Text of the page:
Friday, September 4, 2015

A Fun New Pop-up Show at B2

New show has a Little of Everything

Published in the Weekly Volcano, Sept. 3, 2015

“Love Forty,” acrylic on cotton rag by Hiawatha D. Courtesy B2 Gallery

The difference between what B2 Gallery is calling it’s “Pop-Up” shows and its regular shows is 1) the Pop-Ups don’t run as long and 2) the art is more reasonably priced. As for the quality of the art, there is little or no difference.

The Pop-Up running through Sept. 26 features art by Hiawatha D, Leah Fitts, Francesca Fuller, Joe Gallagher, Hossein Peigahi, Becky Knold, and jeweler Delores Weir. It’s a fun show.

Peigahi’s colorful and stylized landscapes dominate the large front room. They are playful and simple with few details, and look a lot like they could be children’s book illustrations. One of his nicest pieces is “Twin Barns of Nisqually.” The barns are ghostlike in pales tones of yellow, blue and green that are almost white. They seem to be shimmering in the heat. They sit on a field of hot orange grass. 

Also by Peigahi is a little 12” x 12” untitled landscape that is pseudo-pointillist but not as precise as the pointillism made famous by  Georges Seurat. Above this painting is “Garden,” an oil and monotype of about the same size with flowers depicted in large strokes as if the pointillist dots from the painting below have blossomed into fast strokes like a section ripped from a Van Gogh. His “Summer Day” has marvelously hot: orange, blue, pink and green colors. Near it is the hottest and best of his paintings, a Giclée print called “Fall” picturing a single line of trees with orange leaves on rolling hills that are almost the same color as the leaves. This is a stunning little painting.

Hiwatha D’s acrylic-on-cotton-rag paintings of jazz musicians look more like illustrations than serious paintings, but they grow on you in a wonderful way. These musicians (as well as the people in all his other paintings) are almost genderless, and they don’t have faces, hands or feet. They are decorative and nicely composed. His other paintings are scenes that have the feel of the jazz age. Among these is a matched pair, “Bastile” and “Love Forty” — a man in one painting and a woman in the other, seated in a bar with wine glass and bottle on the table and their chins rested on see-through hands. The contours of these figures are nicely curvilinear, which is stylistically enhanced by the see-through aspect of the hands. His other paintings depict groups of people in urban settings.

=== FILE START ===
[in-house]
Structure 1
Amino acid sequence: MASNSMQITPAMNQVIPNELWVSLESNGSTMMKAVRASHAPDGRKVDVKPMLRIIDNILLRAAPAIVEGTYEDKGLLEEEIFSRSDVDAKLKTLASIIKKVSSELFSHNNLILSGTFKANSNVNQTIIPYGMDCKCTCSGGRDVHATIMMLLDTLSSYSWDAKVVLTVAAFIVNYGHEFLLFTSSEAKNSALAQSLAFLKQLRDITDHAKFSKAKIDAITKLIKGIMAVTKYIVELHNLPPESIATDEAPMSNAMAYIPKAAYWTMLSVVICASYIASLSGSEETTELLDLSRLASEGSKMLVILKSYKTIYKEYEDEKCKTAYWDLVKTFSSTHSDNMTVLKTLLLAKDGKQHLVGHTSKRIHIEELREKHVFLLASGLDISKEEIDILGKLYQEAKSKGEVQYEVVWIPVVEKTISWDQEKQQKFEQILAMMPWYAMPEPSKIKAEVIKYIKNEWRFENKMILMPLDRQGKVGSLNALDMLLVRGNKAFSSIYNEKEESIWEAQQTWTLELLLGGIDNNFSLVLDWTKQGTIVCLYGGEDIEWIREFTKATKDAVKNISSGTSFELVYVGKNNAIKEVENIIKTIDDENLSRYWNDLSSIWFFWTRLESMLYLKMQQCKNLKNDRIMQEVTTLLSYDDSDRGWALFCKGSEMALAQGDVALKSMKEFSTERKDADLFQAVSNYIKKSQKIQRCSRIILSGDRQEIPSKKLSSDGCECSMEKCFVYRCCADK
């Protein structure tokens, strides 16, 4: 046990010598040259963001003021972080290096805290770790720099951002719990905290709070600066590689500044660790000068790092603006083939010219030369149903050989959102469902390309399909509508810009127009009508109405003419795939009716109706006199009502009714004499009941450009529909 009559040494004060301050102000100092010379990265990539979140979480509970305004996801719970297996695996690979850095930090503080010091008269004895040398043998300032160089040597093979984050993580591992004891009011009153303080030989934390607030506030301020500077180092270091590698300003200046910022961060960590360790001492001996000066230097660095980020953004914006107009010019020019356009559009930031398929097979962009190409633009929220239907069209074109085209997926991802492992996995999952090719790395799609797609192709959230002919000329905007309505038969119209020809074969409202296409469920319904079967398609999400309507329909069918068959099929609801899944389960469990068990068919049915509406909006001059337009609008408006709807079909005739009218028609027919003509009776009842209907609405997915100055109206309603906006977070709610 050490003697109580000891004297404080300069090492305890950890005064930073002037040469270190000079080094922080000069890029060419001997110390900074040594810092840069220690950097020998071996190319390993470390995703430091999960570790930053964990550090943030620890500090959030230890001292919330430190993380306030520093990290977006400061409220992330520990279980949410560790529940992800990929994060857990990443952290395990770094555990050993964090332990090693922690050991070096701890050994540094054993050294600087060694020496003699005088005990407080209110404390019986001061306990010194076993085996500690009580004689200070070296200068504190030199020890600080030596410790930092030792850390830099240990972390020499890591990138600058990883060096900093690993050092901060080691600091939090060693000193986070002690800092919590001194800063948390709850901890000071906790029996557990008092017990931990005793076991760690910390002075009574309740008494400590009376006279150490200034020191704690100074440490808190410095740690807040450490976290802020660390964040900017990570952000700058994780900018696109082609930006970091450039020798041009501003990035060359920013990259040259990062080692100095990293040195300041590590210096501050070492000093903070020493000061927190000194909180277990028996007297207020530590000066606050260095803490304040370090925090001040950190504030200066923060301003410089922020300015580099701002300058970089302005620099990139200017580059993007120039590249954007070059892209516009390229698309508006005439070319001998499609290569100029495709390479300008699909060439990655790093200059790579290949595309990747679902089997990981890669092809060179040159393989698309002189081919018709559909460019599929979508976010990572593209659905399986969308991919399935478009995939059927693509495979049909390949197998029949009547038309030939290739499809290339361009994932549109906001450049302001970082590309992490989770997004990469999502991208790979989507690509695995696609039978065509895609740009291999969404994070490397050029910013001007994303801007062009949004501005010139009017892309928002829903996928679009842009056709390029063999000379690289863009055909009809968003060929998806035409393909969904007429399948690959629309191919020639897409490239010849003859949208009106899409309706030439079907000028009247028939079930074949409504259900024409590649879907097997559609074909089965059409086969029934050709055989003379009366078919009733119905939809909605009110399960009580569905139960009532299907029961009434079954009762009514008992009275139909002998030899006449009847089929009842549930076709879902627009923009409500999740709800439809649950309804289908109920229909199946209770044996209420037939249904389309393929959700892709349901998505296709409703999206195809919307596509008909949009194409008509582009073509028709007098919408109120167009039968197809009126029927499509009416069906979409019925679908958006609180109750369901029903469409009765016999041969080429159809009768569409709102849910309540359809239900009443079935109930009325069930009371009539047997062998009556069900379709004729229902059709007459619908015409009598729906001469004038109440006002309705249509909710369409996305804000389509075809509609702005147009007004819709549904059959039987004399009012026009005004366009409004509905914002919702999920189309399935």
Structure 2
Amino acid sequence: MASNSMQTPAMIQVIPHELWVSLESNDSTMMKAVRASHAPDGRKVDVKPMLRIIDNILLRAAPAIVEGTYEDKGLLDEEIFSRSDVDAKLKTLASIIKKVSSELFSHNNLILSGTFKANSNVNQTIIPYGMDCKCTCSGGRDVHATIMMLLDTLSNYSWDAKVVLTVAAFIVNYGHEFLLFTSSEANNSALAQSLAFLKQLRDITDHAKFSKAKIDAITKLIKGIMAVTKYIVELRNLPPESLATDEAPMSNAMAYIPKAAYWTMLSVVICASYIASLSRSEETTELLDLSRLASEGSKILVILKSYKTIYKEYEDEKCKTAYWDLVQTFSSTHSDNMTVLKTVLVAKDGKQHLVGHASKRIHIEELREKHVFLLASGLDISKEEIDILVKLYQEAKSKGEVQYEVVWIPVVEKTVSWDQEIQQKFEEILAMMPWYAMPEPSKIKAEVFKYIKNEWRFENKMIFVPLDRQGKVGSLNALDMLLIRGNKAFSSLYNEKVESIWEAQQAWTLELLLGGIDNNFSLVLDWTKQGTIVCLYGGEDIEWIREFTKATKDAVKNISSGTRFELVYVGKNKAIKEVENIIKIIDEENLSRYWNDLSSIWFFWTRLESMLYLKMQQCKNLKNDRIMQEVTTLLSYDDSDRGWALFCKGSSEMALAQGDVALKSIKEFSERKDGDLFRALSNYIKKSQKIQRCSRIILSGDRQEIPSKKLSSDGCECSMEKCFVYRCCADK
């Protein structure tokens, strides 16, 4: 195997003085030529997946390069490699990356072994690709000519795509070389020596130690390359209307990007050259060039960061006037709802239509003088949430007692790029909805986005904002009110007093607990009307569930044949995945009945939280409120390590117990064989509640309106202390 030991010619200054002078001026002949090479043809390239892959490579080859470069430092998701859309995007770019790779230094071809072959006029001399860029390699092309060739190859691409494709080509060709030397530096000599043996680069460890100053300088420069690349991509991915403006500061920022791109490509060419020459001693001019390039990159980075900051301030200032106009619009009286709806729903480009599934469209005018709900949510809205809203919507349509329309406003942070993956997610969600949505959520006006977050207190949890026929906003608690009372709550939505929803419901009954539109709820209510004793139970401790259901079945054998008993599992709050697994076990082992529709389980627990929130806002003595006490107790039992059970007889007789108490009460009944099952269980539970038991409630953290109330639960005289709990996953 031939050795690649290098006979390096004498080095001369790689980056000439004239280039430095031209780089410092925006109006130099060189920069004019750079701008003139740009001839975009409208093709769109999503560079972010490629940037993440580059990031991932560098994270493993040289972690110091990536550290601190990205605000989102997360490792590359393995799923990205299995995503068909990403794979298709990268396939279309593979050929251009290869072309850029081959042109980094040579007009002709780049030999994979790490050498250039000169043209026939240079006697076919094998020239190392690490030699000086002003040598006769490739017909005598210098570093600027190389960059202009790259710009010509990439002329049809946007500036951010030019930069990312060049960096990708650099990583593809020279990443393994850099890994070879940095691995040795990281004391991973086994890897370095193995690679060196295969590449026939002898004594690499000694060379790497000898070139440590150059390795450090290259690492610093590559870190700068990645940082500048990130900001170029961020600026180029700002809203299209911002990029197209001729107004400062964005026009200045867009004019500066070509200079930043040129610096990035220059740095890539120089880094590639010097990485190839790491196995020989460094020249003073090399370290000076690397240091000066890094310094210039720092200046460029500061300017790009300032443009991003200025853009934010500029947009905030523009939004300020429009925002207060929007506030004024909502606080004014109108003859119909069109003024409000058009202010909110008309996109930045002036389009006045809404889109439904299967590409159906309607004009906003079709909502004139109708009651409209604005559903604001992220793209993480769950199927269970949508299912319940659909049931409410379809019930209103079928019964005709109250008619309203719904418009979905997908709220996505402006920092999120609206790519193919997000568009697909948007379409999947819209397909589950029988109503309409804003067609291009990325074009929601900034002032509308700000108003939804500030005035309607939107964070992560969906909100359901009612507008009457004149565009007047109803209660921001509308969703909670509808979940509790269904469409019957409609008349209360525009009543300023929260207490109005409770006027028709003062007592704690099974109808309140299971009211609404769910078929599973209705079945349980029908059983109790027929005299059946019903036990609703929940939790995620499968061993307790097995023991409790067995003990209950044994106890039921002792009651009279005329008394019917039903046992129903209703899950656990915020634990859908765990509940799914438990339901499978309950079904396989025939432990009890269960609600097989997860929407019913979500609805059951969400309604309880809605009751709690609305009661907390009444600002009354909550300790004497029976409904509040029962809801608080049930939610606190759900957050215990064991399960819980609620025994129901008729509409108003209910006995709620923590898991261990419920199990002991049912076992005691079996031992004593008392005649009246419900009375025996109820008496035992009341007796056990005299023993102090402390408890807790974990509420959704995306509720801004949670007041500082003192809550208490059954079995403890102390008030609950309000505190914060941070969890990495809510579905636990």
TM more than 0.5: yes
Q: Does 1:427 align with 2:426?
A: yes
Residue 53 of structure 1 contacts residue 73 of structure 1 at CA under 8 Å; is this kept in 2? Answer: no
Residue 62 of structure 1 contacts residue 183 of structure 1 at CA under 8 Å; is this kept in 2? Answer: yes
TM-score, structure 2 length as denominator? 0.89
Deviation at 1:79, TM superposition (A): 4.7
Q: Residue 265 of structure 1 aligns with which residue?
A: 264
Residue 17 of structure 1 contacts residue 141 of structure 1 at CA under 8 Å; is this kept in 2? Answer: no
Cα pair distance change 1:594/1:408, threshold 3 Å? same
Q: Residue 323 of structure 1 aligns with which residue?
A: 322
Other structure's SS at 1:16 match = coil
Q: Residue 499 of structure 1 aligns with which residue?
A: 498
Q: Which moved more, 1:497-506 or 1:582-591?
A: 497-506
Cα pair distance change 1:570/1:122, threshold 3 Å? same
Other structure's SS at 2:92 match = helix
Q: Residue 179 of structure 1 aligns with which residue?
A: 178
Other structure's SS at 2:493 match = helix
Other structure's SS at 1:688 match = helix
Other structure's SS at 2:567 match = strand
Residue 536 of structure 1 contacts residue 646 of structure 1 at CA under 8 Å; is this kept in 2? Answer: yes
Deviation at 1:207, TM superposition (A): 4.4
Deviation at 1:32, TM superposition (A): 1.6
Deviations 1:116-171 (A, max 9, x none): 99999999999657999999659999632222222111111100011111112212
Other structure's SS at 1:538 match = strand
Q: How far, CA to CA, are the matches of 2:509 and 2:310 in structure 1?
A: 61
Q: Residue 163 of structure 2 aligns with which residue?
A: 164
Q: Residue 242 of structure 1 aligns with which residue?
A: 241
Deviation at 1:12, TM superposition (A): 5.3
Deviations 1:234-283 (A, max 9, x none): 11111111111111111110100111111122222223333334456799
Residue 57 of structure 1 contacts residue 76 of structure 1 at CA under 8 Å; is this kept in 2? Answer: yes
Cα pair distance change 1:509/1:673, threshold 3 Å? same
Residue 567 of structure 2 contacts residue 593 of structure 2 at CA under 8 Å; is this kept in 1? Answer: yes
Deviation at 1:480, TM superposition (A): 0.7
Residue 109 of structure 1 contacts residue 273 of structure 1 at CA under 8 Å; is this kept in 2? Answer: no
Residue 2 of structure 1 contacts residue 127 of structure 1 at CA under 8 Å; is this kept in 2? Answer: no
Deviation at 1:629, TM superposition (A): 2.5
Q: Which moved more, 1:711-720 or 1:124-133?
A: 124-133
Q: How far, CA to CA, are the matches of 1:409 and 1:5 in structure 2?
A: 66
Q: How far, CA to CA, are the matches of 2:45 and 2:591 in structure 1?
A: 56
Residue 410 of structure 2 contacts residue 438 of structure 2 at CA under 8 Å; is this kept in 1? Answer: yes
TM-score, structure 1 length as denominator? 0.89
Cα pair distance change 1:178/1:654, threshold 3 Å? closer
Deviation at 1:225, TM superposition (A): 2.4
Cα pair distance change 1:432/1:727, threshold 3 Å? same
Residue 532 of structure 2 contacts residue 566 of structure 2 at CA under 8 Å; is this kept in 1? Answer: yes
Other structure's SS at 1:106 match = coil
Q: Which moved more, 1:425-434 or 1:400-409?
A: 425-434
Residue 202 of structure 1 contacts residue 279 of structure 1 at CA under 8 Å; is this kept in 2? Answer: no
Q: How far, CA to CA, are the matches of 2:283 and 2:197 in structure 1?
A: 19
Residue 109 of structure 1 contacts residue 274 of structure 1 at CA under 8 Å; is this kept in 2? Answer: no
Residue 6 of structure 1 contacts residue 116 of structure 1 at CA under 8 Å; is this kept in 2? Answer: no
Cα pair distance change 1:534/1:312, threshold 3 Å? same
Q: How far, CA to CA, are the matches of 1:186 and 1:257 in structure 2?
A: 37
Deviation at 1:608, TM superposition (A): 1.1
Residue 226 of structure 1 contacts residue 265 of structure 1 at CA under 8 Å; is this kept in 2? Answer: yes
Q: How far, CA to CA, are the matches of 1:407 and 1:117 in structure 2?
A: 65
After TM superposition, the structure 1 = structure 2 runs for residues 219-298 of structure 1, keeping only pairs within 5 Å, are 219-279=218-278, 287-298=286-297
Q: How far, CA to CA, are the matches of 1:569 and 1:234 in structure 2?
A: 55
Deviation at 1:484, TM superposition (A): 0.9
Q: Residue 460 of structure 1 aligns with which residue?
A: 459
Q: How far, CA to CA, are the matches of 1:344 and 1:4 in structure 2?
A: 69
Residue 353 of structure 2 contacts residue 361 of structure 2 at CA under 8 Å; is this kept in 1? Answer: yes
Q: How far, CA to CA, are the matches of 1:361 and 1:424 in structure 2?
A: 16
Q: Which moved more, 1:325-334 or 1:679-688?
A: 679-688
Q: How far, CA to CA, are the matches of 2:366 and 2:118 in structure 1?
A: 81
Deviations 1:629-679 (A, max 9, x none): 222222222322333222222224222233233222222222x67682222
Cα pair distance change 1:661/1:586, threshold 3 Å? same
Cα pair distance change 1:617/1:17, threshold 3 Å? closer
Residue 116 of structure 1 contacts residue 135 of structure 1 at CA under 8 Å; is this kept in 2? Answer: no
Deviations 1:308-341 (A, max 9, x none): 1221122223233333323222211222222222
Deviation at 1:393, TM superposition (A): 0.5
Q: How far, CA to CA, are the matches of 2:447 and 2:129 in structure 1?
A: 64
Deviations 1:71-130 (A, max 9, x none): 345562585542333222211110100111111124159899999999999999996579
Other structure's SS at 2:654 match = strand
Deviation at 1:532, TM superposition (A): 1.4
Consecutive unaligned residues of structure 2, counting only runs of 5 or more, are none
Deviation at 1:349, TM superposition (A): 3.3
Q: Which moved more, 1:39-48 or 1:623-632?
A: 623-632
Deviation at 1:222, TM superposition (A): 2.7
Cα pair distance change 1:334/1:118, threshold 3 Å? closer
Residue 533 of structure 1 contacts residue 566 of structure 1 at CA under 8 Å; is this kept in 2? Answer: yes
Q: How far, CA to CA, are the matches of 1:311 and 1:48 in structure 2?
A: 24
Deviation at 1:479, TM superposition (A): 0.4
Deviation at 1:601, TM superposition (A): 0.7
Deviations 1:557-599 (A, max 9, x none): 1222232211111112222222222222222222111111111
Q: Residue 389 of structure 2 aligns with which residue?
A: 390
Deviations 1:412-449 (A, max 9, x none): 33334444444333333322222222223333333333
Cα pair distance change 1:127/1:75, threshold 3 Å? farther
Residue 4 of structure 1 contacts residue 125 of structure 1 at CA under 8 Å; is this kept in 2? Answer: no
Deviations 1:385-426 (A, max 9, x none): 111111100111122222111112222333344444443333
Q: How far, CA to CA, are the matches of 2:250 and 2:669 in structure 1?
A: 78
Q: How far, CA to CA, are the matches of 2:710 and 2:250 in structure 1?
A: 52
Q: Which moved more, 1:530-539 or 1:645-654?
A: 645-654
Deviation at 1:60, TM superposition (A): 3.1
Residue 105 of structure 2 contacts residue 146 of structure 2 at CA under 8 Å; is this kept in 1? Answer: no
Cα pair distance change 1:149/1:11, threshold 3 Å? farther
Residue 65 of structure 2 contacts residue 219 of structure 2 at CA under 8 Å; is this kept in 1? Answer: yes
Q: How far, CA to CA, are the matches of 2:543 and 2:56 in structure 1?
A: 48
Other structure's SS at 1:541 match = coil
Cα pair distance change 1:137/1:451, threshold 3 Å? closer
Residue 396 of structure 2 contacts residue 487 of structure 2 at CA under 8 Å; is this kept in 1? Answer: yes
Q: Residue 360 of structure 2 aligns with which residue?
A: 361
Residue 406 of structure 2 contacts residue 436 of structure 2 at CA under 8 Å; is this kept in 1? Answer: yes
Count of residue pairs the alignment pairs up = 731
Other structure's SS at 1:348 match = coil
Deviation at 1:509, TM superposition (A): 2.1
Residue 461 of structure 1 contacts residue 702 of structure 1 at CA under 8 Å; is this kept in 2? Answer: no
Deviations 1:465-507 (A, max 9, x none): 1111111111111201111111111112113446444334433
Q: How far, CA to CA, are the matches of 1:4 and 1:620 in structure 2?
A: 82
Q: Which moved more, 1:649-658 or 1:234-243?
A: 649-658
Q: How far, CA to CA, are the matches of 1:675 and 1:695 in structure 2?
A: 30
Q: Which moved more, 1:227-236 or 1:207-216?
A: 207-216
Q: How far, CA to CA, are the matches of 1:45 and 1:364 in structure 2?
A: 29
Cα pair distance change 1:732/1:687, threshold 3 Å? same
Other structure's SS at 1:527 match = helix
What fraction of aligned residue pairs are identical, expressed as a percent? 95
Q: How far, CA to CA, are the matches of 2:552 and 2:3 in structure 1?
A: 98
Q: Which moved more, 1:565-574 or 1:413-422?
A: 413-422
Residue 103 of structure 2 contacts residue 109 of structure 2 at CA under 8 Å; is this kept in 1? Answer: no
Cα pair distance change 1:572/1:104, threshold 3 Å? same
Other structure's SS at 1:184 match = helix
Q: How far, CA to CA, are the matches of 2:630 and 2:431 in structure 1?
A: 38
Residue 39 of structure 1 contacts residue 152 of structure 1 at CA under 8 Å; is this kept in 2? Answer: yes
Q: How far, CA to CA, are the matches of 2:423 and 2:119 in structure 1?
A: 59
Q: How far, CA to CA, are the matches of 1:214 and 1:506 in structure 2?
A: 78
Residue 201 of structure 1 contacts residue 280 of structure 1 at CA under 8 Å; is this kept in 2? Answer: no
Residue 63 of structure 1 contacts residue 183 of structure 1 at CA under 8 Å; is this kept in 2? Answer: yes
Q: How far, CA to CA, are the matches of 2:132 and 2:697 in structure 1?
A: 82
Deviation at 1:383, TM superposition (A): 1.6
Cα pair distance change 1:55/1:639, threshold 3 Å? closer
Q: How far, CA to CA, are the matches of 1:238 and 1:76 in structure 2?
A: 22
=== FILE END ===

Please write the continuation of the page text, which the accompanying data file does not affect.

Fuller is showing a set of paintings of flowers with metal sheets screwed to the surface, combining delicate flower petals in transparent washes with minimalist abstract forms created by the metal sheets. The combination is original, startling, and quite attractive.

Fitts’ work is mostly abstract. She has nine paintings of expressive circles and lines and other highly gestural marks on fields of shallow , amorphous spaces and one outstanding landscape of a line of trees with almost identical clumps of orange leaves and sky and ground that look like the background on her abstracts but more nuanced. (I understand that my description of this painting might read like my earlier description of Peigahi’s “Fall,” but the only thing they have in common is that they are two of the best paintings in the show.

Gallagher’s paintings of humorously surrealist bodies, faces, fish, octopi and mermaids are colorful and childlike, although I can see that to many viewers they may look ominous. 

Knold is showing a group of paintings from her recent show at B2. They are all nice paintings, but not among her best. The richness of texture and the contrasts of thick-thin, opaque-transparent that is a trademark of much of Knold’s paintings are not so much in evidence here. Weir’s jewelry nicely combines tribal and contemporary looks with images such as faces and complex beadwork.

Summer Pop Up at B2, 11 a.m. to 5 p.m. Tuesday-Saturday, till 9 p.m. Third Thursdays, through Sept. 26, 711 St. Helens Avenue, Tacoma, 253.238.5065.

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